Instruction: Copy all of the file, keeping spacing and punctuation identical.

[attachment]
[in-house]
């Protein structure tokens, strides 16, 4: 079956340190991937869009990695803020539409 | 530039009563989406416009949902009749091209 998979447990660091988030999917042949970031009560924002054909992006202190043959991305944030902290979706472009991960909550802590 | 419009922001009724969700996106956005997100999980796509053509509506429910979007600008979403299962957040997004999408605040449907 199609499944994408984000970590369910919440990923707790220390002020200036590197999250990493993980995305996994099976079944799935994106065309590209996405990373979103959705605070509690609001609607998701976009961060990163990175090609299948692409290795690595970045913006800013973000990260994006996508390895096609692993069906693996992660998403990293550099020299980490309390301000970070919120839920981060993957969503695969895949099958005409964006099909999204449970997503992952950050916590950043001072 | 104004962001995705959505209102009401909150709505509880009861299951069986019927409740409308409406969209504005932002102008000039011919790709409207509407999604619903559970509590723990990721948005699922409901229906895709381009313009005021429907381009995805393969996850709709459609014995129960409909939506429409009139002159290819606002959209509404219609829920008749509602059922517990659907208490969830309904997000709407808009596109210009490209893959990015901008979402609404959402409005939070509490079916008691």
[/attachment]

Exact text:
[in-house]
């Protein structure tokens, strides 16, 4: 079956340190991937869009990695803020539409 | 530039009563989406416009949902009749091209 998979447990660091988030999917042949970031009560924002054909992006202190043959991305944030902290979706472009991960909550802590 | 419009922001009724969700996106956005997100999980796509053509509506429910979007600008979403299962957040997004999408605040449907 199609499944994408984000970590369910919440990923707790220390002020200036590197999250990493993980995305996994099976079944799935994106065309590209996405990373979103959705605070509690609001609607998701976009961060990163990175090609299948692409290795690595970045913006800013973000990260994006996508390895096609692993069906693996992660998403990293550099020299980490309390301000970070919120839920981060993957969503695969895949099958005409964006099909999204449970997503992952950050916590950043001072 | 104004962001995705959505209102009401909150709505509880009861299951069986019927409740409308409406969209504005932002102008000039011919790709409207509407999604619903559970509590723990990721948005699922409901229906895709381009313009005021429907381009995805393969996850709709459609014995129960409909939506429409009139002159290819606002959209509404219609829920008749509602059922517990659907208490969830309904997000709407808009596109210009490209893959990015901008979402609404959402409005939070509490079916008691």